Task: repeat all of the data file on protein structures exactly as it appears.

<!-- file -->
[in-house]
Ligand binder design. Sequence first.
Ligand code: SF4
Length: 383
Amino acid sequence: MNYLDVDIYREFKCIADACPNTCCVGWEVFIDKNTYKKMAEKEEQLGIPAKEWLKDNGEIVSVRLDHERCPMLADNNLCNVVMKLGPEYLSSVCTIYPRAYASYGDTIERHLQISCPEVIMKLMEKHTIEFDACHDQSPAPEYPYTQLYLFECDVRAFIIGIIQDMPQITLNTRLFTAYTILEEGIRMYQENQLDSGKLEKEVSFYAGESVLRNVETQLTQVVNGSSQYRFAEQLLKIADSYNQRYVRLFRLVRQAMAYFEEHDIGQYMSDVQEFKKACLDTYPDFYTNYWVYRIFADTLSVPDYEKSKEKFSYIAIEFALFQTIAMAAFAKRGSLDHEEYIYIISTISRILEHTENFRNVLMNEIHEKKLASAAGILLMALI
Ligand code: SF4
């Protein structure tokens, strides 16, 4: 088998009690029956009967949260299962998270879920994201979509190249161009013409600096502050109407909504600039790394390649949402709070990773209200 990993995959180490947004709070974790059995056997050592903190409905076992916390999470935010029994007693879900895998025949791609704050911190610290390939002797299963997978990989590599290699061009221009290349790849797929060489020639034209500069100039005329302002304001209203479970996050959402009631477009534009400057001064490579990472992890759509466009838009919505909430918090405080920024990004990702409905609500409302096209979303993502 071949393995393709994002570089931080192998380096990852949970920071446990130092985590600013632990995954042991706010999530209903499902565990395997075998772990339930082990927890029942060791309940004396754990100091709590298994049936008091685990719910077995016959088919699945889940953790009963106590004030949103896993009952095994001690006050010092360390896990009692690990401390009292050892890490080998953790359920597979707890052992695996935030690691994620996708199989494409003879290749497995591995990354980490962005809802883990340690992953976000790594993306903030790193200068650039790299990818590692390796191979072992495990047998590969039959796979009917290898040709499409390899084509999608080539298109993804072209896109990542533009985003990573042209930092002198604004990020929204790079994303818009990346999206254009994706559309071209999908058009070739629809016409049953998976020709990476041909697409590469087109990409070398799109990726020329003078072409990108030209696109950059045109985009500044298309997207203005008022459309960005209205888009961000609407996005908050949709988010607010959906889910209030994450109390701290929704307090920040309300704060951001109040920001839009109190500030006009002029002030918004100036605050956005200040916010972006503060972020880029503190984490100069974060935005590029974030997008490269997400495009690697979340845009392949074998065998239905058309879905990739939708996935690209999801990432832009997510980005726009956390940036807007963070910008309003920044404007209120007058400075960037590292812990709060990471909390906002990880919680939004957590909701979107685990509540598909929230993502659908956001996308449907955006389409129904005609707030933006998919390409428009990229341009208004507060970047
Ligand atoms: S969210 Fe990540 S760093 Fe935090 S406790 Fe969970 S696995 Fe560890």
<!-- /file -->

[in-house]
Ligand binder design. Sequence first.
Ligand code: SF4
Length: 383
Amino acid sequence: MNYLDVDIYREFKCIADACPNTCCVGWEVFIDKNTYKKMAEKEEQLGIPAKEWLKDNGEIVSVRLDHERCPMLADNNLCNVVMKLGPEYLSSVCTIYPRAYASYGDTIERHLQISCPEVIMKLMEKHTIEFDACHDQSPAPEYPYTQLYLFECDVRAFIIGIIQDMPQITLNTRLFTAYTILEEGIRMYQENQLDSGKLEKEVSFYAGESVLRNVETQLTQVVNGSSQYRFAEQLLKIADSYNQRYVRLFRLVRQAMAYFEEHDIGQYMSDVQEFKKACLDTYPDFYTNYWVYRIFADTLSVPDYEKSKEKFSYIAIEFALFQTIAMAAFAKRGSLDHEEYIYIISTISRILEHTENFRNVLMNEIHEKKLASAAGILLMALI
Ligand code: SF4
């Protein structure tokens, strides 16, 4: 088998009690029956009967949260299962998270879920994201979509190249161009013409600096502050109407909504600039790394390649949402709070990773209200 990993995959180490947004709070974790059995056997050592903190409905076992916390999470935010029994007693879900895998025949791609704050911190610290390939002797299963997978990989590599290699061009221009290349790849797929060489020639034209500069100039005329302002304001209203479970996050959402009631477009534009400057001064490579990472992890759509466009838009919505909430918090405080920024990004990702409905609500409302096209979303993502 071949393995393709994002570089931080192998380096990852949970920071446990130092985590600013632990995954042991706010999530209903499902565990395997075998772990339930082990927890029942060791309940004396754990100091709590298994049936008091685990719910077995016959088919699945889940953790009963106590004030949103896993009952095994001690006050010092360390896990009692690990401390009292050892890490080998953790359920597979707890052992695996935030690691994620996708199989494409003879290749497995591995990354980490962005809802883990340690992953976000790594993306903030790193200068650039790299990818590692390796191979072992495990047998590969039959796979009917290898040709499409390899084509999608080539298109993804072209896109990542533009985003990573042209930092002198604004990020929204790079994303818009990346999206254009994706559309071209999908058009070739629809016409049953998976020709990476041909697409590469087109990409070398799109990726020329003078072409990108030209696109950059045109985009500044298309997207203005008022459309960005209205888009961000609407996005908050949709988010607010959906889910209030994450109390701290929704307090920040309300704060951001109040920001839009109190500030006009002029002030918004100036605050956005200040916010972006503060972020880029503190984490100069974060935005590029974030997008490269997400495009690697979340845009392949074998065998239905058309879905990739939708996935690209999801990432832009997510980005726009956390940036807007963070910008309003920044404007209120007058400075960037590292812990709060990471909390906002990880919680939004957590909701979107685990509540598909929230993502659908956001996308449907955006389409129904005609707030933006998919390409428009990229341009208004507060970047
Ligand atoms: S969210 Fe990540 S760093 Fe935090 S406790 Fe969970 S696995 Fe560890």